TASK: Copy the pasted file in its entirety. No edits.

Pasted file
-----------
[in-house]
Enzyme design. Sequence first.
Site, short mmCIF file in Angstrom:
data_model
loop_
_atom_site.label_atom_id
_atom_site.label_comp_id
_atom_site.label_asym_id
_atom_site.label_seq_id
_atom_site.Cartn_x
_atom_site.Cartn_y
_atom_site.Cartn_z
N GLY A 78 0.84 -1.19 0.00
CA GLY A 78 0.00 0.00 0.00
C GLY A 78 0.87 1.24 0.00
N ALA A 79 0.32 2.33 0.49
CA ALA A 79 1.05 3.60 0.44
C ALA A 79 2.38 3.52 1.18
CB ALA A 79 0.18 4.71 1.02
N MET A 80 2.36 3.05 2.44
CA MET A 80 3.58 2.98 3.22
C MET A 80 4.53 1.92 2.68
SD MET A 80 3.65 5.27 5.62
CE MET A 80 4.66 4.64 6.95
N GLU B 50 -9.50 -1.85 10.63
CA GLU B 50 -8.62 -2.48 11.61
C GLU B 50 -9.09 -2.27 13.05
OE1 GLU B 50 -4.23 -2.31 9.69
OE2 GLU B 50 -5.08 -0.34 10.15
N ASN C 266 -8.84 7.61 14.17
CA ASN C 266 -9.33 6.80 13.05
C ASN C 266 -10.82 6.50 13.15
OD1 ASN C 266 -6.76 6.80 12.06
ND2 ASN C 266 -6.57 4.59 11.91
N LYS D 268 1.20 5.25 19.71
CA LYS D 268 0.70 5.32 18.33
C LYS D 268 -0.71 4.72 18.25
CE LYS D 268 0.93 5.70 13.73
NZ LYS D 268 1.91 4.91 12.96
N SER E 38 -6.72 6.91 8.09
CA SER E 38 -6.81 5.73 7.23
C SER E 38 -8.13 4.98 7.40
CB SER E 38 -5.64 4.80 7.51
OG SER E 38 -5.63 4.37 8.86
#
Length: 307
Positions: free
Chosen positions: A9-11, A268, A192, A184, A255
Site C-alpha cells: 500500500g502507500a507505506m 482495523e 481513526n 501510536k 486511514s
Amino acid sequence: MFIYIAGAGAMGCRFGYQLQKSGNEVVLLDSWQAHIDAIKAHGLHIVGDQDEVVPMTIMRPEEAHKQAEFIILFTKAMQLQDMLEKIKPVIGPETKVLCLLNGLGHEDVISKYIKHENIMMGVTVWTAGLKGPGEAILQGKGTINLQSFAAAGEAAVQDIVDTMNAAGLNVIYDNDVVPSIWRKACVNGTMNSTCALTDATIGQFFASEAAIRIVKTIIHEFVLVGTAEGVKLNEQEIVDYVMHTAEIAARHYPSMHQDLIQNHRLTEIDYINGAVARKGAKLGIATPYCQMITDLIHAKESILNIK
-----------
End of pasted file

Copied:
[in-house]
Enzyme design. Sequence first.
Site, short mmCIF file in Angstrom:
data_model
loop_
_atom_site.label_atom_id
_atom_site.label_comp_id
_atom_site.label_asym_id
_atom_site.label_seq_id
_atom_site.Cartn_x
_atom_site.Cartn_y
_atom_site.Cartn_z
N GLY A 78 0.84 -1.19 0.00
CA GLY A 78 0.00 0.00 0.00
C GLY A 78 0.87 1.24 0.00
N ALA A 79 0.32 2.33 0.49
CA ALA A 79 1.05 3.60 0.44
C ALA A 79 2.38 3.52 1.18
CB ALA A 79 0.18 4.71 1.02
N MET A 80 2.36 3.05 2.44
CA MET A 80 3.58 2.98 3.22
C MET A 80 4.53 1.92 2.68
SD MET A 80 3.65 5.27 5.62
CE MET A 80 4.66 4.64 6.95
N GLU B 50 -9.50 -1.85 10.63
CA GLU B 50 -8.62 -2.48 11.61
C GLU B 50 -9.09 -2.27 13.05
OE1 GLU B 50 -4.23 -2.31 9.69
OE2 GLU B 50 -5.08 -0.34 10.15
N ASN C 266 -8.84 7.61 14.17
CA ASN C 266 -9.33 6.80 13.05
C ASN C 266 -10.82 6.50 13.15
OD1 ASN C 266 -6.76 6.80 12.06
ND2 ASN C 266 -6.57 4.59 11.91
N LYS D 268 1.20 5.25 19.71
CA LYS D 268 0.70 5.32 18.33
C LYS D 268 -0.71 4.72 18.25
CE LYS D 268 0.93 5.70 13.73
NZ LYS D 268 1.91 4.91 12.96
N SER E 38 -6.72 6.91 8.09
CA SER E 38 -6.81 5.73 7.23
C SER E 38 -8.13 4.98 7.40
CB SER E 38 -5.64 4.80 7.51
OG SER E 38 -5.63 4.37 8.86
#
Length: 307
Positions: free
Chosen positions: A9-11, A268, A192, A184, A255
Site C-alpha cells: 500500500g502507500a507505506m 482495523e 481513526n 501510536k 486511514s
Amino acid sequence: MFIYIAGAGAMGCRFGYQLQKSGNEVVLLDSWQAHIDAIKAHGLHIVGDQDEVVPMTIMRPEEAHKQAEFIILFTKAMQLQDMLEKIKPVIGPETKVLCLLNGLGHEDVISKYIKHENIMMGVTVWTAGLKGPGEAILQGKGTINLQSFAAAGEAAVQDIVDTMNAAGLNVIYDNDVVPSIWRKACVNGTMNSTCALTDATIGQFFASEAAIRIVKTIIHEFVLVGTAEGVKLNEQEIVDYVMHTAEIAARHYPSMHQDLIQNHRLTEIDYINGAVARKGAKLGIATPYCQMITDLIHAKESILNIK